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I realized I'd become overconfident in Google Maps when it took us to the wrong location when I plugged in Fjaðrárgljúfur. Fortunately we only lost fifteen minutes and we weren't directed into any horrendous dead ends which used to happen to us quite a lot in Spain and Italy. Fjaðrárgljúfur is a beautiful and accessible canyon that has acquired the unfortunate nickname of "Justin Bieber canyon" in recent years thanks to this music video that was shot entirely in Iceland and features the site prominently. I think part of the reason places in Iceland get nicknames like "Justin Bieber canyon" and "Yoda cave" is that people are intimidated by their long, seemingly unpronounceable Icelandic names. However, I found that if one learns just a few simple rules Icelandic pronunciation really isn't that hard. Take that awful "j" for example. How the heck does one pronounce a "j" after an "f" or an "h"? Very easily, as it turns out. Remember "fjord"? That scary "j" is just a "y" in disguise. Next up are the funny letters ð and þ. They're both "th" but ð is "th" as in "that" while "þ" is "th" as in "thing". Say those two words out loud a few times and you'll realize that English uses "th" for two sounds which are quite different. In English you have to know which word uses which sound while in Icelandic the phonetic rules make it easy. ð at the end of a syllable is a little more tricky, but I just remember it as "dth" as in "width". Each vowel can have an acute accent. "a" is "ah" while "á" is "ow" as in "cow". "e" is "eh" while "é" is "yeh". "i" and "y" are both a short "i" while "í" and "ý" are both "ee". "o" is "aw" while "ó" is a long "o" like "oh". "u" is "uh" while "ú" is "oo". The other important vowels are the o with an umlaut "ö" which is similar to "uh" as in "fur" but a little more drawn out and the "æ" which is a long "i" as in "pie". Thus Fjaðrárgljúfur is pronounced fyadth-rour-gluh-yoo-fur. Doesn't exactly roll off the tongue but not overwhelming. After that there's a couple of things with consonant combinations but you'll get pretty close if you just remember the basic sounds. You'll feel much more comfortable asking for directions and you might even see some raised eyebrows from the locals who aren't used to hearing words pronounced correctly.

I almost made a very stupid mistake once we reached the correct location. We came to a sign directing 4WD vehicles only down a dirt road to the canyon and indicating there was a parking area further down the paved road. Even though our car was 4WD drive I wasn't comfortable with the ground clearance so we proceeded onward. It was another kilometer to the parking and I assumed we would have to walk all the way back to the beginning of the dirt road. I was getting ready to set us all off in that direction when Mei Ling saw people setting off on a trailhead at the other end of the lot. That was the real access and I had almost wasted half an hour on an unpleasant uphill walk on an asphalt road. I sheepishly followed Mei Ling to the correct entrance once again grateful I didn't have to rely entirely on my own critical thinking skills.

The Fjaðrárgljúfur walk was surprisingly easy. There was a roped-off gravel trail on a gentle incline with a mesh covering. Once we got up the slope we could see an enormous lava field stretching into the distance on the other side of the parking lot. There were some short detours to the lip of the canyon from the main path that seemed safe enough to explore and allowed for some good views down the barrel of the canyon. As usual the river at the bottom seemed far too innocuous to have carved such a huge gash in the earth. After just twenty minutes or so of walking we reached a staircase that took us down to a metal platform with a secure railing that projected out into the canyon. It might have detracted a little from the naturalness of the surroundings but it was perfect for an anxious dad with small kids. There were small waterfalls cutting their own channels into the main canyon as they flowed downward to feed the river. Eventually the walls of the canyon receded and the river became level with the ground before it split and coursed around either side of the lava field.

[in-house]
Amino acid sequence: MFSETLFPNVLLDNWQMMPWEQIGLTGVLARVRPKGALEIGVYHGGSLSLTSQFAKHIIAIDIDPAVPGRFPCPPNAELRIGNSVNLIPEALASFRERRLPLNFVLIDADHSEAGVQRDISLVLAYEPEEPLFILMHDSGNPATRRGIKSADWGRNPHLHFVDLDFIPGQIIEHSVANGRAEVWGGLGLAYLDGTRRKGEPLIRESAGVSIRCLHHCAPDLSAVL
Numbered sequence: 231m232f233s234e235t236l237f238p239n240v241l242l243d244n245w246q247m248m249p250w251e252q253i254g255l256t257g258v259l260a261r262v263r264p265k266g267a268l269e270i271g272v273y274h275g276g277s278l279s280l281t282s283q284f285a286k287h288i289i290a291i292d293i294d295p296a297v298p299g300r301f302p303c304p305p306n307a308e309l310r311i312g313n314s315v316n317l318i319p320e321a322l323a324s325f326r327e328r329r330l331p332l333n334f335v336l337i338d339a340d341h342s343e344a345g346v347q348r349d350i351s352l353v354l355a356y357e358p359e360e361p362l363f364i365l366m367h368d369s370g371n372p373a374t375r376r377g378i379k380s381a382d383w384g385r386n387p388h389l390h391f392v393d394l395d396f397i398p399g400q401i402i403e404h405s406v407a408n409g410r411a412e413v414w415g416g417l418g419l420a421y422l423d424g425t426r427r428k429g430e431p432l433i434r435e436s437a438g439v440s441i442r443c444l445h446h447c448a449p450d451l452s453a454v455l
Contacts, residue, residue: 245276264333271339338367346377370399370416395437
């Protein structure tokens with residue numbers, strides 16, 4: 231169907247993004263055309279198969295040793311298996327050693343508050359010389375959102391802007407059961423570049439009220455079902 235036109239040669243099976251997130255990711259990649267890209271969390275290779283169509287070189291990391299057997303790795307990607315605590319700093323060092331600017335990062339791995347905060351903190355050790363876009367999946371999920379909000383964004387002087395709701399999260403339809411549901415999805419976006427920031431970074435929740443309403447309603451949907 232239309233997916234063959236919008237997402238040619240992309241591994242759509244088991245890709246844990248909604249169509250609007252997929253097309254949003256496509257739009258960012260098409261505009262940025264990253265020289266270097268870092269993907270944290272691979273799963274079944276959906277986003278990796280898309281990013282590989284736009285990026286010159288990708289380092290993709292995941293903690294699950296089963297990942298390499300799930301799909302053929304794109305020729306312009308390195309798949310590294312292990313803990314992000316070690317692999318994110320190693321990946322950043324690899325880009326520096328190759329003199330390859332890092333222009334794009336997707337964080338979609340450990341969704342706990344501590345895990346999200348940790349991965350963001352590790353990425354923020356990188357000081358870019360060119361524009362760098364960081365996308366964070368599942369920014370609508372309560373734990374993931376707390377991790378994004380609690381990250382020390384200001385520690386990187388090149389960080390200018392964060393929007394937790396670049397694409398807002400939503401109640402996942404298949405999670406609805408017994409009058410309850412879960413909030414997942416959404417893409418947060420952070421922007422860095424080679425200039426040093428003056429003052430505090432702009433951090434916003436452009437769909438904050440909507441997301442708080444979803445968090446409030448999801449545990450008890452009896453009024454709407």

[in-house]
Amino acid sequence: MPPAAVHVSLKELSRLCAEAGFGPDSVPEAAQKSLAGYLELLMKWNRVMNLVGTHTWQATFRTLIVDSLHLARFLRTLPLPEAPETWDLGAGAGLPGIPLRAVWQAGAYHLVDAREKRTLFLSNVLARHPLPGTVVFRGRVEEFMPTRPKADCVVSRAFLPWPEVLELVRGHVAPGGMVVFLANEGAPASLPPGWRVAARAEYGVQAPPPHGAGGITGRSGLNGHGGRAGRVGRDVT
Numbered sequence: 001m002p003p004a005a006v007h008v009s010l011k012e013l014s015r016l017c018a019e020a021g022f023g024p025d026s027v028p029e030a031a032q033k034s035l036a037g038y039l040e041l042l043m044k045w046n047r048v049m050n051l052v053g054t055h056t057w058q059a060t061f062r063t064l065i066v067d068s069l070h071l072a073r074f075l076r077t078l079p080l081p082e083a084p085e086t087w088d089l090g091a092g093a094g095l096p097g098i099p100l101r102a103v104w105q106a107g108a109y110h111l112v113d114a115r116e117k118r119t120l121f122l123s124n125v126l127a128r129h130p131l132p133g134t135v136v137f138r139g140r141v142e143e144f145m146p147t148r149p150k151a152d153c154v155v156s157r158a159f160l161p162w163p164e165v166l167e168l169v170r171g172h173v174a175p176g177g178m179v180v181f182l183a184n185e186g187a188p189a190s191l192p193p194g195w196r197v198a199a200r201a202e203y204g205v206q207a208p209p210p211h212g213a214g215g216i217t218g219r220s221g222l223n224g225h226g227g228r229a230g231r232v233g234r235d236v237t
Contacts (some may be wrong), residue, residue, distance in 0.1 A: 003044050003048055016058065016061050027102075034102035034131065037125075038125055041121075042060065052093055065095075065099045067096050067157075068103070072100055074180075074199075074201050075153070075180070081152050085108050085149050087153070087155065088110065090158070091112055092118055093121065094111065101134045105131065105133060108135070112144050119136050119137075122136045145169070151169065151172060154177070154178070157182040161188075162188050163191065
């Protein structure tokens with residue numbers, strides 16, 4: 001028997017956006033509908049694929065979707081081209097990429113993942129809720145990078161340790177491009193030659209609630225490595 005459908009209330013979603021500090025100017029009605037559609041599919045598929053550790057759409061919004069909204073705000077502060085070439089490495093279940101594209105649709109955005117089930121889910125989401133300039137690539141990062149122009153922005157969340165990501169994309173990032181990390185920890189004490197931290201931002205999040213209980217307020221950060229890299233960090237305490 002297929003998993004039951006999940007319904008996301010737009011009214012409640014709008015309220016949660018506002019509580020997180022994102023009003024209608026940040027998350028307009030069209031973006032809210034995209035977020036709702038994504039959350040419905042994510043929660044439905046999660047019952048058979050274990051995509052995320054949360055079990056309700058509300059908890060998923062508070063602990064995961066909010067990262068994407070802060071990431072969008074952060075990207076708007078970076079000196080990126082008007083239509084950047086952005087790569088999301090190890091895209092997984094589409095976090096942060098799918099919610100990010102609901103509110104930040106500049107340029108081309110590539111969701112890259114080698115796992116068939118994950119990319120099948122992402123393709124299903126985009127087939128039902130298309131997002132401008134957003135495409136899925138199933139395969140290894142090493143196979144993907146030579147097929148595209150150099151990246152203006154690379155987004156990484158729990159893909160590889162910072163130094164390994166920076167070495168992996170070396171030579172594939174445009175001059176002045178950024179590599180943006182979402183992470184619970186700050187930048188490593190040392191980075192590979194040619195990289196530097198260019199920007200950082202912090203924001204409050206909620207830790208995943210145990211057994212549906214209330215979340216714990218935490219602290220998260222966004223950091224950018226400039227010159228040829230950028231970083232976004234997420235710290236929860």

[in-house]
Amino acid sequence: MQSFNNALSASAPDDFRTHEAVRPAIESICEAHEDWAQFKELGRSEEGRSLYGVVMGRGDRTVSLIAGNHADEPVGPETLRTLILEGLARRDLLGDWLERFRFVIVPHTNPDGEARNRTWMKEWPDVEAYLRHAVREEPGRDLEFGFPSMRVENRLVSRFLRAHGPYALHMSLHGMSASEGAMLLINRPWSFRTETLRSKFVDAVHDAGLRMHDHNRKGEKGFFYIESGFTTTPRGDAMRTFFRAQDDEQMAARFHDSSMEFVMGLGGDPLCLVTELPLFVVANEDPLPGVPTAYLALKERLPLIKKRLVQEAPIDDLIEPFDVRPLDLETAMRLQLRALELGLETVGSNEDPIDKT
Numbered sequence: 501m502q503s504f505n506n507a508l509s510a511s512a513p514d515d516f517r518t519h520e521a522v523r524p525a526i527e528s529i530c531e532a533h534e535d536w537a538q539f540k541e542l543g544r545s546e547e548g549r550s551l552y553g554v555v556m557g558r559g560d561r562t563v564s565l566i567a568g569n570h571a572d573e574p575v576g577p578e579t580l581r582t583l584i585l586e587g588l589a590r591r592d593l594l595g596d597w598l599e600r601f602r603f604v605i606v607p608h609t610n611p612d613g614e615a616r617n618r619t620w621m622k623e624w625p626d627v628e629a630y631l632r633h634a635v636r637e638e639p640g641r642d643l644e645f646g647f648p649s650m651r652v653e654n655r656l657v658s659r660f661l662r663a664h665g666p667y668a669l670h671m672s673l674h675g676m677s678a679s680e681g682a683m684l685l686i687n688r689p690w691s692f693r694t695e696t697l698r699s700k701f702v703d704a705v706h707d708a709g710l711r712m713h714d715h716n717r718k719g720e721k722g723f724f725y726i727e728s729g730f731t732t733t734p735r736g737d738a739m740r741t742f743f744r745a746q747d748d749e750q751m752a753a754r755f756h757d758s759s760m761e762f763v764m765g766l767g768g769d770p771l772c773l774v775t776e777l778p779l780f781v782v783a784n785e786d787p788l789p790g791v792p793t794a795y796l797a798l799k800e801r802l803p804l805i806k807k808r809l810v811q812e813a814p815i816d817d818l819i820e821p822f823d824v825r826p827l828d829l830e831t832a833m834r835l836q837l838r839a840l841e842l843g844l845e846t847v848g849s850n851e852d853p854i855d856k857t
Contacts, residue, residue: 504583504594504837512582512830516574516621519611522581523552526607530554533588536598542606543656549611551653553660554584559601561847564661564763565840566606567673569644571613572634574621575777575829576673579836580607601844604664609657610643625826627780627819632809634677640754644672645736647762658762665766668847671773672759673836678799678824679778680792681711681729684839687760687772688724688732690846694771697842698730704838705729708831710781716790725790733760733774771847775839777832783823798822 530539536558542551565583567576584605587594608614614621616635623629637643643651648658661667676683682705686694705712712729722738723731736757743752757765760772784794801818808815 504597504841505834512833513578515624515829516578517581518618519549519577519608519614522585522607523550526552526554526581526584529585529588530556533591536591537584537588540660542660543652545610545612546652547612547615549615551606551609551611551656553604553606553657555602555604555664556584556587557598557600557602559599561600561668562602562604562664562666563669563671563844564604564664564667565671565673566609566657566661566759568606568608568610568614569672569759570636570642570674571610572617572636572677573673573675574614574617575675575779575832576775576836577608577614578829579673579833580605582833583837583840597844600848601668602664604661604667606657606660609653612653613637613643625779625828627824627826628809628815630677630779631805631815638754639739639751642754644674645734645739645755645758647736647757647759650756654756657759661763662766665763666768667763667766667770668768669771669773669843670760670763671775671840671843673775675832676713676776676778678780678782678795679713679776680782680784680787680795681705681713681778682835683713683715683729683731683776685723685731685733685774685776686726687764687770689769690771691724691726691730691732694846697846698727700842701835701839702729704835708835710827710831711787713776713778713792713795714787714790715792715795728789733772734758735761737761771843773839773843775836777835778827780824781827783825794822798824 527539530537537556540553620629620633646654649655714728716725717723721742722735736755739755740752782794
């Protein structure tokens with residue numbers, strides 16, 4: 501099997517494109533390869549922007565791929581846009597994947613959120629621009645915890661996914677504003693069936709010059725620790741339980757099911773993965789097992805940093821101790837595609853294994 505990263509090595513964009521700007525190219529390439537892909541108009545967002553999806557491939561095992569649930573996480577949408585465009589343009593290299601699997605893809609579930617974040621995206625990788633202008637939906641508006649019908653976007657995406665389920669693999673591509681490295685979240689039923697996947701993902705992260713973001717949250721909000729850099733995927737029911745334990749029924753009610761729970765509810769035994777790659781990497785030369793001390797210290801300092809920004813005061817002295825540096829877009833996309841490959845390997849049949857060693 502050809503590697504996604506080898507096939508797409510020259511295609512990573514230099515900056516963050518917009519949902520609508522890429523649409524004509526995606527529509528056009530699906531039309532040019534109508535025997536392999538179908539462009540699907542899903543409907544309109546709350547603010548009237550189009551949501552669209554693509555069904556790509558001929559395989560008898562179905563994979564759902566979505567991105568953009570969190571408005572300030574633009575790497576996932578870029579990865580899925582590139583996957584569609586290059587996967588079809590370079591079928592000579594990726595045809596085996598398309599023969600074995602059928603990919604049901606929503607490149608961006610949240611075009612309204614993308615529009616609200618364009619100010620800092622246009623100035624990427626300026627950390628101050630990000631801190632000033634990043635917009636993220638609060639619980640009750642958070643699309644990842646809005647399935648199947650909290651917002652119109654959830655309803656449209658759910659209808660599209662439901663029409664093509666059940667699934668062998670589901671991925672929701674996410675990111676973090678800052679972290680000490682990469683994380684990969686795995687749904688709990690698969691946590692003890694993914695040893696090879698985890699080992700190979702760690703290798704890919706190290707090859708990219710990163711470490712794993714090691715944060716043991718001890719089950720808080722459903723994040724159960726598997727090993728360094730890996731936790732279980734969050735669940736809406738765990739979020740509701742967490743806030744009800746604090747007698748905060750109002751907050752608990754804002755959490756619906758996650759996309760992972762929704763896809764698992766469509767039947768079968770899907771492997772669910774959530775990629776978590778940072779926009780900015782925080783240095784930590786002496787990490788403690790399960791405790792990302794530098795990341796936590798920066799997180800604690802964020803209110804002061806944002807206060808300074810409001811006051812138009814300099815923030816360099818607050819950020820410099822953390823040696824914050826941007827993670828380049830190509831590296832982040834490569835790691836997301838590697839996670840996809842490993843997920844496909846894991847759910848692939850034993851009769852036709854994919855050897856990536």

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I had underestimated the time it would take to reach the restaurant at the Fosshótel Glacier Lagoon so we had to drive straight there without first stopping at our night's accommodation. By this point we were starting to become accustomed to fine dining in Iceland. Cod and lamb entrees were inevitable and always serviceable with uninspiring sides. The other choices would either be char, beef tenderloin, or vegetarian. If we were lucky there might be horse or reindeer, but it was typically indistinguishable from beef. Appetizers were hit or miss, and most of the time desserts were chocolate cake, creme brulee or ice cream. We were getting palatable food but Iceland was not going to be very memorable from a gastronomic perspective. By this point we had figured out to take advantage of the children's menu which provided a piece of cod as large as the regular entree for half the price. We needed all the help we could get because although the food was no different than any of the other restaurants we'd eaten at, the bill at the busy hotel was another 25% higher than the extraordinary prices we'd paid previously.

It was freezing cold and getting dark when we doubled back to the tiny village called Hof where we had rented a villa for the night at the painful rate of $700. There was simply nothing else available on that date and I had decided to pay rather than rework the whole itinerary to save $300-$400. To add insult to injury Google Maps deposited us in the middle of a cluster of buildings without street numbers and the directions we'd been given didn't clarify which was the correct house. I spent about fifteen minutes circling around the different houses trying to find the one with a hot tub in the back before it finally occurred to me to go back and look at the photos on the site where I'd originally made the booking. It turned out not to be any of the houses around us but a rather unusual single story home built into the hillside above us. Inside it was quite luxurious but as it was already eleven at night our only focus was to get the kids into bed and asleep as we had a full day of adventure beginning the next morning. I ended up paying $700 for a place we stayed in for just eight hours.
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Posted by zzlangerhans 17:43 Archived in Iceland Tagged road_trip vik family_travel reynisfjara family_travel_blog fjaðrárgljúfur